In explaining the relationship between the sign and the seal in the sacraments Calvin shows the similarity between the sacramental offer to unbelievers and the free offer of the gospel to unbelievers:
They are not reasoning closely enough when they argue that the sacraments are not testimonies of God’s grace because they are also offered to the wicked, who, however, do not find God more favorable but rather incur a heavier condemnation. For by the same argument, because the gospel is heard but rejected by many, and because Christ was seen and recognized by many but very few of them accepted him, neither gospel nor Christ would be a testimony of God’s grace […] It is therefore certain that the Lord offers us mercy and the pledge of his grace both in his Sacred Word and in his sacraments. But it is understood only by those who take Word and sacraments with sure faith, just as Christ is offered and held forth by the Father to all unto salvation. (Institutes, IV.14.7.)
I’m presently combing modern Thomist interpretations of the Eucharist in an effort to find similarities between St. Thomas and St. Calvin (as one professor here calls him). I’ve realized that Thomas’ commentary on the Gospel of John is a good place to start. See this quote, for instance:
What our Lord said about eating his flesh is interpreted in a material way when it is understood in its superficial meaning, and as pertaining to the nature of flesh. And it was in this way that the Jews understood them. But our Lord said that he would give himself to them as spiritual food, not as though the true flesh of Christ is not present in this sacrament of the altar, but because it is eaten in a certain spiritual and divine way. Thus, the correct meaning of these words is spiritual, not material. So he says, The words that I have spoken to you, about eating my flesh, are spirit and life, that is, they have a spiritual meaning, and understood in this way they give life. (Commentary on John 6, p. 42)
I know there are definite disagreements, but I think the idea of spiritually partaking of Christ through faith could be the Archimedean point I’m looking for. There is also some parallel in the objective nature of the offering.
Q: Does faith unite one to Christ?
Q: Is Christ God?
Well, there you have it. Now one must go on to question what sort of union believers have in Christ. I haven’t quoted Nevin in a while, and I’ve recently been looking back through his The Mystical Presence. What an excellent book. This paragraph in particular is VERY IMPORTANT:
The relation of believers to Christ, then, is more again than that of simply legal union. He is indeed the representative of his people, and what he has done and suffered on their behalf is counted to their benefit, as though it had been done by themselves. They have an interest in his merits, a title to all the advantages secured by his life and death. But this external imputation rests at last on an inward, real unity of life, without which it could have no reason or force. Our interest in Christ’s merits and benefits can be based only upon a previous interest in his person; so in the Lord’s Supper, we are made to participate, not merely in the advantages secured by his mediatorial work, the rewards of his obedience, the fruits of his bitter passion, the virtue of his atonement, and the power of his preistly intercession, but also in his true and proper life itself, We partake of his merits and benefits only so far as we partake of his substance …. In the Lord’s Supper, accordingly, the believer communicates not only with the Spirit of Christ, or with his divine nature, but with Christ himself in his whole living person; so that they may be said to be fed and nourished by his very flesh and blood. (The Mystical Presence, 53, 54.)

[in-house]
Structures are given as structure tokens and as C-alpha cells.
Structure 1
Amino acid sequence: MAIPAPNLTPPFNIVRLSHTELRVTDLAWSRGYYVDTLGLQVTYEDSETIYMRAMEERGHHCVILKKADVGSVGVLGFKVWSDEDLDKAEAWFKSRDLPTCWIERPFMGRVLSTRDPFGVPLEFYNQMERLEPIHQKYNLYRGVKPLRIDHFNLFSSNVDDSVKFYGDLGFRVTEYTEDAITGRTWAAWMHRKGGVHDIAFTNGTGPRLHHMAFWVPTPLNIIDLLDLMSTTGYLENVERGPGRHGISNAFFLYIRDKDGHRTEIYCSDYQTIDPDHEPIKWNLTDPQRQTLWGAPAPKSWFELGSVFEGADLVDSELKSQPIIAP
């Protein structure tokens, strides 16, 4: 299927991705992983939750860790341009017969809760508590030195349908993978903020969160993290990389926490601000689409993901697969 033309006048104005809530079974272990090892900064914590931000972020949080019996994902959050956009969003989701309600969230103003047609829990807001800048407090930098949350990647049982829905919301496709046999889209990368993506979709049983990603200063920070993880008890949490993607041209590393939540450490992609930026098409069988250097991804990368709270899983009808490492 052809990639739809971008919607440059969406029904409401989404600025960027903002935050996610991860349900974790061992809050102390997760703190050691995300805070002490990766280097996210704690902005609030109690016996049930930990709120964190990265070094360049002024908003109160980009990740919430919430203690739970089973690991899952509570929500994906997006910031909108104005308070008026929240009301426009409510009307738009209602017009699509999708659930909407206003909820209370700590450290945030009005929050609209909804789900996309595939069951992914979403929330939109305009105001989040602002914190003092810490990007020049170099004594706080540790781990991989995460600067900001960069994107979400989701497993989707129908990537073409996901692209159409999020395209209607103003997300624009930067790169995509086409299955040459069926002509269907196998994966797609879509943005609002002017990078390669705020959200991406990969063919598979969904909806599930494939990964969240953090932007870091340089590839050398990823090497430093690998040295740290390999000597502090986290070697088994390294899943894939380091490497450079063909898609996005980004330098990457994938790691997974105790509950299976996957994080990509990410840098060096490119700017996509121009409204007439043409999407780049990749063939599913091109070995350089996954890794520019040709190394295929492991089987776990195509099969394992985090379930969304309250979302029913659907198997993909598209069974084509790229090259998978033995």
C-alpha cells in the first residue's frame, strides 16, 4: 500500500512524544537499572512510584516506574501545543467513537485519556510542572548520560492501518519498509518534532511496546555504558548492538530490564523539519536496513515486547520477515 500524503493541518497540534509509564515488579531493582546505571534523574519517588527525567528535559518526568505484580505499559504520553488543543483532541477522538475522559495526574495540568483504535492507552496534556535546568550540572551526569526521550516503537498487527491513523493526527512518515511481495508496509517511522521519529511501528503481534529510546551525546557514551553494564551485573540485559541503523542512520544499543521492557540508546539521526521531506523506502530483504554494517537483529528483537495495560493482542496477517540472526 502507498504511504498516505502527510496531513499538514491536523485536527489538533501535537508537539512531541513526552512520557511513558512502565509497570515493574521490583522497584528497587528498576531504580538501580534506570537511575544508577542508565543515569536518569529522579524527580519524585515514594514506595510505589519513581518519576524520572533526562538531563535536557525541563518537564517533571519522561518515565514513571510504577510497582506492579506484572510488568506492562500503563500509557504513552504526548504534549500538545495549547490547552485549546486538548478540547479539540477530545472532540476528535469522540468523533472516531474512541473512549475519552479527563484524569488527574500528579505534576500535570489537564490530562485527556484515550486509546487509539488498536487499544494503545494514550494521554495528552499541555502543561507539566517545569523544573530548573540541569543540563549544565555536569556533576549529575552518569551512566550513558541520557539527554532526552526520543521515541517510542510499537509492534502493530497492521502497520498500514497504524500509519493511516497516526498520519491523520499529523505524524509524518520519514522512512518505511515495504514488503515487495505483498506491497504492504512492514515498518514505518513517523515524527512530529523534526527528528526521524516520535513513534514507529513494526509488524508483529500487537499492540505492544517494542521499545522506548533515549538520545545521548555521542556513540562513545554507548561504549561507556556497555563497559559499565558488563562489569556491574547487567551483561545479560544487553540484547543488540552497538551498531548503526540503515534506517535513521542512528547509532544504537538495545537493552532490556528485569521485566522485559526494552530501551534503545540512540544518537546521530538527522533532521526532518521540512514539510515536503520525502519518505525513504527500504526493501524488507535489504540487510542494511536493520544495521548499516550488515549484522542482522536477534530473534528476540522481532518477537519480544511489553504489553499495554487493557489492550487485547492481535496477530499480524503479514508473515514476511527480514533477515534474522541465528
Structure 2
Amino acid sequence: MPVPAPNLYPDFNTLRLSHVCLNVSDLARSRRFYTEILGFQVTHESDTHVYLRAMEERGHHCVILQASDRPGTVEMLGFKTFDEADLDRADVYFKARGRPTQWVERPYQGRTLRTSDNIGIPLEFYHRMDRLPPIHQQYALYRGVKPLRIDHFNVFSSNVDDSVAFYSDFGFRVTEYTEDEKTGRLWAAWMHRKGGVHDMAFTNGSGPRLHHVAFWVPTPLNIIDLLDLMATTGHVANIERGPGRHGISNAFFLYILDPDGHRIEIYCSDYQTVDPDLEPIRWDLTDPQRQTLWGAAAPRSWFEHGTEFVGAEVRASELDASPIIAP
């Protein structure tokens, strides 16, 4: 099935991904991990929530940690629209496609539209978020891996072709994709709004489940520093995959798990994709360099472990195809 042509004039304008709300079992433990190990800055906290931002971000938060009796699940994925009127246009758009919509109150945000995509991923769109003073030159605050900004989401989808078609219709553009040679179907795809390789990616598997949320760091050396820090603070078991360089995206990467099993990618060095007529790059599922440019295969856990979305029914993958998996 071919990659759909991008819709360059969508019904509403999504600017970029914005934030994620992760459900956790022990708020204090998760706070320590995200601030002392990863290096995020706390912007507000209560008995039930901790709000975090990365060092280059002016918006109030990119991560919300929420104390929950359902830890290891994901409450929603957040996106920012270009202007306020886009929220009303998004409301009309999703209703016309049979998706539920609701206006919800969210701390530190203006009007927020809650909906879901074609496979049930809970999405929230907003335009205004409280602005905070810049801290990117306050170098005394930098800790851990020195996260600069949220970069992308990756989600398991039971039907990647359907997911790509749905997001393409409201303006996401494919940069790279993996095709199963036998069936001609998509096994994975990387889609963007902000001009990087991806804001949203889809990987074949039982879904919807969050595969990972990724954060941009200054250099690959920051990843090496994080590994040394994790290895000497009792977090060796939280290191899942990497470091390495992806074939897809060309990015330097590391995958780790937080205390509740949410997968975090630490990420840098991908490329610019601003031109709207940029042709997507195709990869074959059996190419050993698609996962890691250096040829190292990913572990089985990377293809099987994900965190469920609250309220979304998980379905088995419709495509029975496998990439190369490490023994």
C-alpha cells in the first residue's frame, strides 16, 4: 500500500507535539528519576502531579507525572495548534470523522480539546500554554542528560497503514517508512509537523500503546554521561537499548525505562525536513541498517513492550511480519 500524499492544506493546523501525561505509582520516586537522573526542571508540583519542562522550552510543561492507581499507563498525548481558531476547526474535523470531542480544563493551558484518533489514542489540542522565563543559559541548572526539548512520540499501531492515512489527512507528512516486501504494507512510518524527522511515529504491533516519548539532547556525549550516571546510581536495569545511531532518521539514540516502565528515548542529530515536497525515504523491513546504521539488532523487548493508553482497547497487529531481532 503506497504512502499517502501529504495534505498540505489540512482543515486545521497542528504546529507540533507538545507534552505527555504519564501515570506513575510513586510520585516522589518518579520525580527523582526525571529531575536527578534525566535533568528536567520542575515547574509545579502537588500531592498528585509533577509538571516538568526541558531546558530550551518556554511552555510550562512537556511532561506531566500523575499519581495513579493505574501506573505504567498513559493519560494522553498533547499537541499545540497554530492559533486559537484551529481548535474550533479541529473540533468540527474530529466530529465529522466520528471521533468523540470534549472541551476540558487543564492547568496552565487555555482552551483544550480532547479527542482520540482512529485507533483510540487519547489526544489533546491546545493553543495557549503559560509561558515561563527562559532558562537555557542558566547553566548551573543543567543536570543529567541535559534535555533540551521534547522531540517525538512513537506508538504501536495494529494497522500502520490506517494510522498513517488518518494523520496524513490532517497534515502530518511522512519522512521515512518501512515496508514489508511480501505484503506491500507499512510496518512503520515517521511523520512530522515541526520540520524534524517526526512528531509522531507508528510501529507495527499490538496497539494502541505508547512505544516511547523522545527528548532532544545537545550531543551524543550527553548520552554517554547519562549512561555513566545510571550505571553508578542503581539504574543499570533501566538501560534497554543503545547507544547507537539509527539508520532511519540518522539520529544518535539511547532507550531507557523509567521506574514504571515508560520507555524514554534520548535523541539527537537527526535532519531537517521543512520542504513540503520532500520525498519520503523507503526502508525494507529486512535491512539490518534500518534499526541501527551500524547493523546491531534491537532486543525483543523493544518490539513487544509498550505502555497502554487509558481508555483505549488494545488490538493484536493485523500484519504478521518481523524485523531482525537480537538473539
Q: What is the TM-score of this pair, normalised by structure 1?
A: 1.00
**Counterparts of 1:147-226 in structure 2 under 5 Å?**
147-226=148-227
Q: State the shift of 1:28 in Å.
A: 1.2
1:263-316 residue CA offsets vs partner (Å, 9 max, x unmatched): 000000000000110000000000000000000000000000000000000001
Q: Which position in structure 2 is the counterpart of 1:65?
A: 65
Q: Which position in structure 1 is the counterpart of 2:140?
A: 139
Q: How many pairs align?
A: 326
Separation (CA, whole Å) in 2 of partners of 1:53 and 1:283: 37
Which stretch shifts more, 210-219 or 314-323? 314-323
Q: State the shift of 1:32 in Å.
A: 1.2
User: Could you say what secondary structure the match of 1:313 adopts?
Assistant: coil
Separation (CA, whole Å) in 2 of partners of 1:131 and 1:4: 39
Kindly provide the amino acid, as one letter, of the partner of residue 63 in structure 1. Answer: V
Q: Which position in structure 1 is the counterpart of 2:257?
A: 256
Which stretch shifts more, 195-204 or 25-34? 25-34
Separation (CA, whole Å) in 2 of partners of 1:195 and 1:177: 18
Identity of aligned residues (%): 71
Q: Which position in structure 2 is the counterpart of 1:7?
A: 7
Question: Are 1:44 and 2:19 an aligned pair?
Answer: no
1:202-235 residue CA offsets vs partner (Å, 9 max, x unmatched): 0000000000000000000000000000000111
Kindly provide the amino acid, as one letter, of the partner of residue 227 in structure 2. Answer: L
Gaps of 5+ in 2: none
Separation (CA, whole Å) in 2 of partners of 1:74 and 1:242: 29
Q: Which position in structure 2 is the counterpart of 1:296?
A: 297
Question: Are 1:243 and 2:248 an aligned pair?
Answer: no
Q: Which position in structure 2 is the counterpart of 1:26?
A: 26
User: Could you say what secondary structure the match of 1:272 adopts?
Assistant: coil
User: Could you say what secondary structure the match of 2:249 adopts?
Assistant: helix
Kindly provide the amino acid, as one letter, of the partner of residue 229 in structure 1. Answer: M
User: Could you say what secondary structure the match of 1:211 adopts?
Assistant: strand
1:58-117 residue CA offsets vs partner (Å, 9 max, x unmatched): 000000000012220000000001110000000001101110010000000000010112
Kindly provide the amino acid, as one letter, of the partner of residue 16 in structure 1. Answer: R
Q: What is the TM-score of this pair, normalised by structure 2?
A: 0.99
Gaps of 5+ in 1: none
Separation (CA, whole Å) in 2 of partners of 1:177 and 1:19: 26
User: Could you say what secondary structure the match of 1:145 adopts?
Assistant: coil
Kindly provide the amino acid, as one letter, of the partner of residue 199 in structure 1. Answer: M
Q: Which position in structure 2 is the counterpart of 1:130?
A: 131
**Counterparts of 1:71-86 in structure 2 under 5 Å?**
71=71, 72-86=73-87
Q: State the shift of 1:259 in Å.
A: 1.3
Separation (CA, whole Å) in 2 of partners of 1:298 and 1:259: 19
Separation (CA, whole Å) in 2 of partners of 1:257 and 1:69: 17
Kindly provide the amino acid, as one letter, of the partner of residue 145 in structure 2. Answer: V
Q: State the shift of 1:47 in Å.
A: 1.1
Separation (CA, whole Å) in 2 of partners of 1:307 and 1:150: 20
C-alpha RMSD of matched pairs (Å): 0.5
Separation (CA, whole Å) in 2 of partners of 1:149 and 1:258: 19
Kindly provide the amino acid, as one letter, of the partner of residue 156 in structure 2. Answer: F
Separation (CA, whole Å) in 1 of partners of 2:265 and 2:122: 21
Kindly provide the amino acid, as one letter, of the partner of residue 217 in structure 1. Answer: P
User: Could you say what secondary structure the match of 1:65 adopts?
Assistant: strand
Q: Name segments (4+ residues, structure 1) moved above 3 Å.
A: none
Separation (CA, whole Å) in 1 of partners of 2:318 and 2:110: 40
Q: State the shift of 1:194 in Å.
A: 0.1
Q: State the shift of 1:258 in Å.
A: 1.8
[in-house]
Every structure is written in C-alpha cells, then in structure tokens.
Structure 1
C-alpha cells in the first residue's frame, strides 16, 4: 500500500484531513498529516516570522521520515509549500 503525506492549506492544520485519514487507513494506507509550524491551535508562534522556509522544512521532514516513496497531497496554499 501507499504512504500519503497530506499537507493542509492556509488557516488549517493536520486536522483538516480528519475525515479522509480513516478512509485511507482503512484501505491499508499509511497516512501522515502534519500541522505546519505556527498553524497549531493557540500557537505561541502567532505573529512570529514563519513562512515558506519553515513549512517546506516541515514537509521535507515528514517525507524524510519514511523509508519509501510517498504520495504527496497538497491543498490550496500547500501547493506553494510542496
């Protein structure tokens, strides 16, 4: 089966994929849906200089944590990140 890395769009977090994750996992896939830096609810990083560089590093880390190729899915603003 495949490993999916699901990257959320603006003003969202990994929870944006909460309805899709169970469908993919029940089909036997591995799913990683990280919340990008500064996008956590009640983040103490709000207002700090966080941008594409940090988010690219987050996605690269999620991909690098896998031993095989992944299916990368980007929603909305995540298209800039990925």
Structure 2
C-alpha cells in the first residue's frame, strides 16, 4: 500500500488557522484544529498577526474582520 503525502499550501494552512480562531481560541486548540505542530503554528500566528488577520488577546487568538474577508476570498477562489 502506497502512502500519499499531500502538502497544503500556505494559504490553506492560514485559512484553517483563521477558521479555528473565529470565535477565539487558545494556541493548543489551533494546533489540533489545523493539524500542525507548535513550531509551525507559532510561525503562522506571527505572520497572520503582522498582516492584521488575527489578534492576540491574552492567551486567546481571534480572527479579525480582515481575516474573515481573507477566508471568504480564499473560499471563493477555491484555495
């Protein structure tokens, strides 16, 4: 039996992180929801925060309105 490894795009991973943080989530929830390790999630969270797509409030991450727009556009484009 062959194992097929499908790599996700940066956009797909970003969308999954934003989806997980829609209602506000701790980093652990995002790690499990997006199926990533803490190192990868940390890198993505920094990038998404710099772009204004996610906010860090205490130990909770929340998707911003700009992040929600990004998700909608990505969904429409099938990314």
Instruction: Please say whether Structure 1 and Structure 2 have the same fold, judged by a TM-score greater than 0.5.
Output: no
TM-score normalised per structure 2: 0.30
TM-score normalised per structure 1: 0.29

Therefore, believers are united to Christ’s substance. His body and blood truly dwells in us – in a spiritual, non corporeal manner. If this ain’t theosis then call me a Zwinglian. It’s o.k. to say this. Don’t worry…this is Reformed.
A common speculation regarding the Lord’s Supper is that there is no special partaking of Christ for the believing subject in the event of eating and drinking the elements. If the sacrament is a means of grace (WCF 27) and grace only comes through union with Christ then what more should one expect from the sacraments? Are they not redundant? Peter Martyr Vermigli states,
… I cannot admit or acknowledge a real or substantial or corporeal presence of Christ’s body, whether in the signs or in the communicants themselves. Yet I do not doubt but insist rather that there is a spiritual communion and participation in his body and blood given to the communicants. Although this is enjoyed even before the eating of the sacrament, it is increased by an exercise of faith in eating the mystery. (Peter Martyr Reader, 161.).
Continue reading “An Increased Union with Christ”